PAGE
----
This two watt portable phone speaker was made as a christmas present for my nephew. It uses a LM380 amplifier chip and some other basic components. It's not hard to build and the result is a powerful and practical custom speaker that's compatible with any device that can output audio to a 3.5mm jack.
I made a short video on what's involved in building the speaker.
- Enclosure - Home theatre speakers make convenient enclosures, just make sure there's enough room for the electronics in the back. I made mine from some scrap MDF.
- Speaker Driver - I used one salvaged from a broken home theatre speaker.
- Amp and Supporting Components - Capable of being powered by a battery. This article uses the LM380 amplifier IC but the LM386 is also a popular choice. Supporting components include a power toggle switch, audio cable with 3.5mm male jack, power indicator LED and 360 ohm resistor (optional) and 10k volume potentiometer (optional). A pre-assembled amp from any online retailer is an alternative to building one.
- Battery - The previously mentioned amps both run from a 9v battery. These don't have a great capacity so AA or AAA batteries will make the tunes last longer.
While scavenging through some old parts I found two LM380's. After googling around a bit, I found a popular LM380 circuit and assembled it on a breadboard. It sounded decent.
It needed a real test, so I knocked one together on some proto board and installed it in the back of an old sony home theatre speaker. The end result sounded decent. The audio control pot was ditched in favour of controlling the volume through the phone. I wired the power to the speaker terminals and threaded the 3.5mm jack through the stand mount.
Christmas was coming up and my nephew is always listening to music or playing games on his phone. It would make a nice gift if I coupled this simple design with a slick custom case.
The enclosure is nothing fancy, just MDF squares glued and clamped into a box shape. I recessed the area in the front panel where the speaker driver installs with my dremel for extra swankyness. You will need a hole for the audio cable and three mounting holes for the power switch, power LED and volume pot.
After plenty of sanding and a bit of wood filler the box had nice curves and smooth edges, just needed a few coats of primer.
A small amp is required for this project, you can easily grab a pre-assembled or kit amp from eBay which is handy if you want to save some time or you're not comfortable reading schematics.
Alternatively, you can assemble the amp I've shown based on the LM380. The LM386 is also a very popular half watt amp with many circuits available online to play around with. As there's only one speaker driver in this build, a mono amp will suffice. Any amp will at least have an input where the audio cable from the phone connects, a power connection and an output that sends the amplified signal to the speaker. Most will also have a volume control pot. Check the datasheet or documentation to determine the specifics for your amp.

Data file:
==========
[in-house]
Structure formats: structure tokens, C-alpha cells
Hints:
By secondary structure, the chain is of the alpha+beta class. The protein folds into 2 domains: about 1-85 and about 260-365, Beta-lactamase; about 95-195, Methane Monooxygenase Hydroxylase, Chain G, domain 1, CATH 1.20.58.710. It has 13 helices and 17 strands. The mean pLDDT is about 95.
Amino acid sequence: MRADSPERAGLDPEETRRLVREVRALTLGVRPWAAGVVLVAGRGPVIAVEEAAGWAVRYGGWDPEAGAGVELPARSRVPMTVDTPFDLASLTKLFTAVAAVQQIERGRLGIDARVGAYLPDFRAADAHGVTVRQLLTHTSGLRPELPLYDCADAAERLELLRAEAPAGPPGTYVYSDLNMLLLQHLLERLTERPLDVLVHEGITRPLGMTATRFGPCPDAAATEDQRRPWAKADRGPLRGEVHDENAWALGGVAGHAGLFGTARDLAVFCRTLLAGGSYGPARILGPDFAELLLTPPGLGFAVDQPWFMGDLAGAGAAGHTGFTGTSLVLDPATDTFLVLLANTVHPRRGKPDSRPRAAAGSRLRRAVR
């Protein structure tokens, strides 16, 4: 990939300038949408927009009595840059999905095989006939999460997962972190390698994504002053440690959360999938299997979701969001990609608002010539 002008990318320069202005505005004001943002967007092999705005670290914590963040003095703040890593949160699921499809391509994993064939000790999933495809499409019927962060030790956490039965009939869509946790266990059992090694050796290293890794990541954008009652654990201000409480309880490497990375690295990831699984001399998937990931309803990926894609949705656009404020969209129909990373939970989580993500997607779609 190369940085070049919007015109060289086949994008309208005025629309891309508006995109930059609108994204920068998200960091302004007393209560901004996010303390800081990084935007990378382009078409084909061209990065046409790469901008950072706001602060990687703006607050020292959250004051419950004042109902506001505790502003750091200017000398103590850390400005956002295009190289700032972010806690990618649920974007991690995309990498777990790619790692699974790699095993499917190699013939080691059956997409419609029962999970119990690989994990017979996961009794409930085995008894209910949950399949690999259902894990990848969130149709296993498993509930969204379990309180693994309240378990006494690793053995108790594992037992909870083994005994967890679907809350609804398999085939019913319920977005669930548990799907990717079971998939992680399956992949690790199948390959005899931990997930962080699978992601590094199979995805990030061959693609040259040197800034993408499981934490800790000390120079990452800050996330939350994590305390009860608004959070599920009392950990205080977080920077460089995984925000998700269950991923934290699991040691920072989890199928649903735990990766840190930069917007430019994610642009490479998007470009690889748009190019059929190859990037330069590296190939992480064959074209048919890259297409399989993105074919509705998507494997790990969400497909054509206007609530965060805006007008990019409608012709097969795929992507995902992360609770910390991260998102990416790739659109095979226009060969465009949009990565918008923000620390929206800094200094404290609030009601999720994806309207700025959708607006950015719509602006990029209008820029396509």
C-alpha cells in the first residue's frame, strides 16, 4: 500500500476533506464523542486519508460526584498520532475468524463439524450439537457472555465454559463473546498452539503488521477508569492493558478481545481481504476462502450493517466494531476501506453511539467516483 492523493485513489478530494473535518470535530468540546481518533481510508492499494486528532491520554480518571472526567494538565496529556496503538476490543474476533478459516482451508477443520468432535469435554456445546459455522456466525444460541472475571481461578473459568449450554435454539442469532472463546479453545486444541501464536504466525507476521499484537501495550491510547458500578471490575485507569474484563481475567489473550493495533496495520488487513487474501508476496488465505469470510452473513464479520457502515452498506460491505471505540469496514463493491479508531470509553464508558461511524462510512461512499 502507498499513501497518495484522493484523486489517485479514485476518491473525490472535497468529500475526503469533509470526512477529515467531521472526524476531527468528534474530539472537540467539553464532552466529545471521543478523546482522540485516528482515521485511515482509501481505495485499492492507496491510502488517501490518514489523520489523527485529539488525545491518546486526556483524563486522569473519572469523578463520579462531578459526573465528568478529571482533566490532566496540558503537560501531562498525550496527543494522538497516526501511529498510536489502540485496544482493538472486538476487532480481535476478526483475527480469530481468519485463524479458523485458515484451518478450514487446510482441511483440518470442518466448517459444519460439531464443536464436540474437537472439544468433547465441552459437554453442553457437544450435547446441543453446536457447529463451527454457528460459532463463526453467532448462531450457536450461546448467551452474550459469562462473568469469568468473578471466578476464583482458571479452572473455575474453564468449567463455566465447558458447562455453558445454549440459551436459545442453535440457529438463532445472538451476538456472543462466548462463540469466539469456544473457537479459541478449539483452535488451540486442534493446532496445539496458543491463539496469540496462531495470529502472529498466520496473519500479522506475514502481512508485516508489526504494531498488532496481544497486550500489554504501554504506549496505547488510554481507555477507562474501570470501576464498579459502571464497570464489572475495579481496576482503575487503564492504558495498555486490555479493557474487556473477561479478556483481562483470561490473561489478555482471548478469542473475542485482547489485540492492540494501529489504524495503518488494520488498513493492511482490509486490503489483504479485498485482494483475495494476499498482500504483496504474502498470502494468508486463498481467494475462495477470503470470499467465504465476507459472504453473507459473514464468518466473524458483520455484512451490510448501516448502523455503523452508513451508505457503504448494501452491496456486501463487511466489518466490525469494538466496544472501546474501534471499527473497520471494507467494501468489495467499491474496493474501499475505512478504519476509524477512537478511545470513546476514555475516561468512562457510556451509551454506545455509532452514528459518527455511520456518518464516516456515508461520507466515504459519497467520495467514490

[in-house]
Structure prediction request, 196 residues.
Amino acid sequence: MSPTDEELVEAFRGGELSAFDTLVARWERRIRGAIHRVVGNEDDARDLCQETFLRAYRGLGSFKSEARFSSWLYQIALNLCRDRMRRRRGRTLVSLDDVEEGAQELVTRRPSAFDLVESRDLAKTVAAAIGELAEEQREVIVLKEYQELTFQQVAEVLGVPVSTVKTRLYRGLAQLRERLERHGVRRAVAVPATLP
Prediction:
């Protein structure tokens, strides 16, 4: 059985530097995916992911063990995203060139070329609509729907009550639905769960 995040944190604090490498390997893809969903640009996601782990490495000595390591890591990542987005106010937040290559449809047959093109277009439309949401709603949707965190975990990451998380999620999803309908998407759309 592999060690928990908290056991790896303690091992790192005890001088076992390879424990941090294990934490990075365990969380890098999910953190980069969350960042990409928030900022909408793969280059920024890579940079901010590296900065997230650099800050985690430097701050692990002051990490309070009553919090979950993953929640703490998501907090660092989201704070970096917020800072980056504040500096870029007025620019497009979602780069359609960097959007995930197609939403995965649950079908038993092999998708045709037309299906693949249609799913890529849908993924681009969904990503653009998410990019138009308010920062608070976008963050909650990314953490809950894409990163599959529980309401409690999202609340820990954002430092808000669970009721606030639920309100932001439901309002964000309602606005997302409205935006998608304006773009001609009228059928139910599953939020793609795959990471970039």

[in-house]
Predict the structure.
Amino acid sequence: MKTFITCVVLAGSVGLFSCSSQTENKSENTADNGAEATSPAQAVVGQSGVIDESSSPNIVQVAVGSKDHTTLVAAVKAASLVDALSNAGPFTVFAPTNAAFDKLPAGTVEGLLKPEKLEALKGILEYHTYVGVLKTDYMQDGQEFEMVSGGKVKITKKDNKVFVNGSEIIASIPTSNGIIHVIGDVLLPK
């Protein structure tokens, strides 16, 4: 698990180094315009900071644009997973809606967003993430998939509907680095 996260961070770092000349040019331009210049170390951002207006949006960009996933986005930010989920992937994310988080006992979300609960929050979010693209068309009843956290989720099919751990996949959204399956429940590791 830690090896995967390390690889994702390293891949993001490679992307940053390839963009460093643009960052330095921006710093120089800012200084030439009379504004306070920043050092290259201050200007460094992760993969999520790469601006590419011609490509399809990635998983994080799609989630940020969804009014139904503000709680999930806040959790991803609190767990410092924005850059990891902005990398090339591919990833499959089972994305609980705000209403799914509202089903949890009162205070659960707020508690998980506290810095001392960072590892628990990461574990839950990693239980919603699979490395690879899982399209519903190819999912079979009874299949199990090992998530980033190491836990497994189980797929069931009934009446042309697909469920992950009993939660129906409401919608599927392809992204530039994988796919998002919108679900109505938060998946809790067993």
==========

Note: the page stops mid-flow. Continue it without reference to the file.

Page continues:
I used the schematic above but added a power led with 360 ohm resistor to indicate when the device is switched on. This instructable does a good job of explaining how to put one together. I'll include the volume control pot too, the first speaker would start to distort at 2/3 iphone volume as the amp was always set to max volume without it. This is a simple circuit so you can just assemble it on some proto board.
I've been experimenting with making my own PCB's using the toner transfer method so I'll get some more practice. There's plenty of tutorials and resources available for this online so I'll just explain briefly.
The circuit board is designed using CAD software (shown above. Designed in cadsoft eagle) and printed onto shiny photo paper. This print out is then transferred to the board with an iron.
The board is then placed in an etching solution. I used one part hydrogen peroxide, one part hydrochloric acid as these chemicals are easy to obtain in Australia. This solution eats away the uncovered copper leaving an etched board, just drill out the holes and install the components.
Once all the amp parts are installed on the board, the additional components were connected for a final test before installation.
Connecting it all up is pretty simple, the audio cable connects to the input. Strip the audio cable and combine the postive connections from the left and right channels as we don't need stereo output.
If you have a kit amp, you may need to desolder the volume control pot and extend its connections. Stuff it all in the enclosure. A little bit of hot glue to keep things in place never hurts. The face of this speaker sticks on with velcro tabs so you can access the batteries.
Although the LM380 seemed to run well off a 9v battery, the datasheet recommends a minimum 10v power supply. I ended up using 7 x AAA batteries in series as these will power the speaker for a lot longer and meet the 10v minimum requirement.
I pumped some tunes through it for a couple of hours as a final test to make sure all is well. It worked a treat and my nephew was happy with it. I originally wanted to keep the body of the unit matt white however this isn't a very durable finish so I did the whole thing in a satin black.
The other speaker sits on my bedside table and is powered using a 9v .21A power pack from an old cordless phone charging dock.
- LM380 schematic - http://electronicszone.net46.net/circuits/simple-25w-lm380-amplifier
- LM380 datasheet - http://www.ti.com/lit/ds/symlink/lm380.pdf